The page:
Marwaha A.K. et al.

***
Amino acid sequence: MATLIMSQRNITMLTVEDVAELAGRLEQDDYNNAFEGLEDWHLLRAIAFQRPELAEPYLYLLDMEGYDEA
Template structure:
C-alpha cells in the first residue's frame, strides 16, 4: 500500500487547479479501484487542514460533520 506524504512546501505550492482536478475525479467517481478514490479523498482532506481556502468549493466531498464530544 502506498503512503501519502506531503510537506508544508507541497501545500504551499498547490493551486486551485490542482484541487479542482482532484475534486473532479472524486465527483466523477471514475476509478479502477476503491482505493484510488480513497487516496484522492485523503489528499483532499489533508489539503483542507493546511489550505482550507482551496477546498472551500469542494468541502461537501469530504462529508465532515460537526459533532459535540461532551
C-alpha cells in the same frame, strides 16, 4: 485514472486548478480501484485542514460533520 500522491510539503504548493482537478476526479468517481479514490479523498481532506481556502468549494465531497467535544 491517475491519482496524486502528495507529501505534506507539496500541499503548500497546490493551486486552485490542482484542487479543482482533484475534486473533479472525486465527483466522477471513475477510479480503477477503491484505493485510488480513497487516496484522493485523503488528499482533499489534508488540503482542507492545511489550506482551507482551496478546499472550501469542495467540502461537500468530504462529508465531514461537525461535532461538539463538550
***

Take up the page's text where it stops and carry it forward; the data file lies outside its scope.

Interleukin (IL)-33 is a member of the IL-1 cytokine family and is secreted by fibroblasts, endothelial cells, and epithelial cells in tissues (lung, skin, and gastrointestinal) that are exposed to the environment. 1 IL-33 is stored in the nucleus and environmental allergens trigger RIPK1-caspase 8 ripoptosome activation in epithelial cells to enable IL-33 maturation and release. 2 IL-33 signals via its receptor ST2, which is found on multiple immune cells, such as eosinophils, mast cells, T cells, macrophages, basophils, and type 2 innate lymphoid cells, which all promote type-2 innate immune reactions. 3 Therefore, IL-33 plays a central role in promoting allergic inflammatory responses in diseases such as eosinophilic esophagitis (EoE), allergy to food/inhalants, asthma, and atopic dermatitis. Genome-wide association data of these conditions consistently report polymorphisms in the IL-33 gene as a risk factor. 4 Thus, IL-33 has been proposed as a therapeutic target for these conditions. In animal models, IL-33 has been mechanistically linked with allergic, autoimmune, rheumatologic, and inflammatory bowel diseases. 5 However, monogenic human diseases caused by either gain-of-function or loss-of-function variants in the IL-33 gene have not been reported previously.